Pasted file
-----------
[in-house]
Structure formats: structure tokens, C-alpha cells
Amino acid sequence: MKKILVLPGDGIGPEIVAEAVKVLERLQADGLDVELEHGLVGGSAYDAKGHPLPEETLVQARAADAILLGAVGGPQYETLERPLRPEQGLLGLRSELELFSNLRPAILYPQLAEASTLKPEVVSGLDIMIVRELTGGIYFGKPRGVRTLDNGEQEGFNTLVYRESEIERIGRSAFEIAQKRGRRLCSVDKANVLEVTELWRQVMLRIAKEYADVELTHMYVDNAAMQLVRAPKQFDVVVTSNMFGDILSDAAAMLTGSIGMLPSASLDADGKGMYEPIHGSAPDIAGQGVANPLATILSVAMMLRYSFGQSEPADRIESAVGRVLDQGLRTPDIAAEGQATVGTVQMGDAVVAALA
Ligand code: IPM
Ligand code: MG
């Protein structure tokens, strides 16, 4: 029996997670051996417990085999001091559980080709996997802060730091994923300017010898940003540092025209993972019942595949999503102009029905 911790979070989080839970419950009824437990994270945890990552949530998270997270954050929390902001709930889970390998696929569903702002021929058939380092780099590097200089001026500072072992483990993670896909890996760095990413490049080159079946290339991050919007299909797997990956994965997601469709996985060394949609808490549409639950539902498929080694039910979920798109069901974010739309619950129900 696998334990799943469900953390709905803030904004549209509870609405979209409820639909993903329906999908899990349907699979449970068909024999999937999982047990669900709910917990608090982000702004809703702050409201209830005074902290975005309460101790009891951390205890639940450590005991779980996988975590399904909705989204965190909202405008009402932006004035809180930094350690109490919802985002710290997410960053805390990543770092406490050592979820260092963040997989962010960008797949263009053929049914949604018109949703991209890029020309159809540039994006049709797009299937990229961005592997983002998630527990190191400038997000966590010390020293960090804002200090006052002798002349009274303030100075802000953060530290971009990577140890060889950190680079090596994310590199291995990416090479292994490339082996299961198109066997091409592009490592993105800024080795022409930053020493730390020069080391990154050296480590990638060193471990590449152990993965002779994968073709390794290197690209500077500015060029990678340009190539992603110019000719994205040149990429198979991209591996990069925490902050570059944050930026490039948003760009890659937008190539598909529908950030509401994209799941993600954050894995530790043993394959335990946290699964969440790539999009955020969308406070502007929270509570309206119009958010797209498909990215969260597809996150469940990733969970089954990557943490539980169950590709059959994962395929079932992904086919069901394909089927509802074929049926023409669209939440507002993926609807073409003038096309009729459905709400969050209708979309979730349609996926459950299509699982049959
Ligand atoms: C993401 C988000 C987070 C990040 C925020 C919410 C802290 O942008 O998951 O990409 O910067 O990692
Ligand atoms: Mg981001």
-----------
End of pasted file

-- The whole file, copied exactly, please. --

[in-house]
Structure formats: structure tokens, C-alpha cells
Amino acid sequence: MKKILVLPGDGIGPEIVAEAVKVLERLQADGLDVELEHGLVGGSAYDAKGHPLPEETLVQARAADAILLGAVGGPQYETLERPLRPEQGLLGLRSELELFSNLRPAILYPQLAEASTLKPEVVSGLDIMIVRELTGGIYFGKPRGVRTLDNGEQEGFNTLVYRESEIERIGRSAFEIAQKRGRRLCSVDKANVLEVTELWRQVMLRIAKEYADVELTHMYVDNAAMQLVRAPKQFDVVVTSNMFGDILSDAAAMLTGSIGMLPSASLDADGKGMYEPIHGSAPDIAGQGVANPLATILSVAMMLRYSFGQSEPADRIESAVGRVLDQGLRTPDIAAEGQATVGTVQMGDAVVAALA
Ligand code: IPM
Ligand code: MG
């Protein structure tokens, strides 16, 4: 029996997670051996417990085999001091559980080709996997802060730091994923300017010898940003540092025209993972019942595949999503102009029905 911790979070989080839970419950009824437990994270945890990552949530998270997270954050929390902001709930889970390998696929569903702002021929058939380092780099590097200089001026500072072992483990993670896909890996760095990413490049080159079946290339991050919007299909797997990956994965997601469709996985060394949609808490549409639950539902498929080694039910979920798109069901974010739309619950129900 696998334990799943469900953390709905803030904004549209509870609405979209409820639909993903329906999908899990349907699979449970068909024999999937999982047990669900709910917990608090982000702004809703702050409201209830005074902290975005309460101790009891951390205890639940450590005991779980996988975590399904909705989204965190909202405008009402932006004035809180930094350690109490919802985002710290997410960053805390990543770092406490050592979820260092963040997989962010960008797949263009053929049914949604018109949703991209890029020309159809540039994006049709797009299937990229961005592997983002998630527990190191400038997000966590010390020293960090804002200090006052002798002349009274303030100075802000953060530290971009990577140890060889950190680079090596994310590199291995990416090479292994490339082996299961198109066997091409592009490592993105800024080795022409930053020493730390020069080391990154050296480590990638060193471990590449152990993965002779994968073709390794290197690209500077500015060029990678340009190539992603110019000719994205040149990429198979991209591996990069925490902050570059944050930026490039948003760009890659937008190539598909529908950030509401994209799941993600954050894995530790043993394959335990946290699964969440790539999009955020969308406070502007929270509570309206119009958010797209498909990215969260597809996150469940990733969970089954990557943490539980169950590709059959994962395929079932992904086919069901394909089927509802074929049926023409669209939440507002993926609807073409003038096309009729459905709400969050209708979309979730349609996926459950299509699982049959
Ligand atoms: C993401 C988000 C987070 C990040 C925020 C919410 C802290 O942008 O998951 O990409 O910067 O990692
Ligand atoms: Mg981001």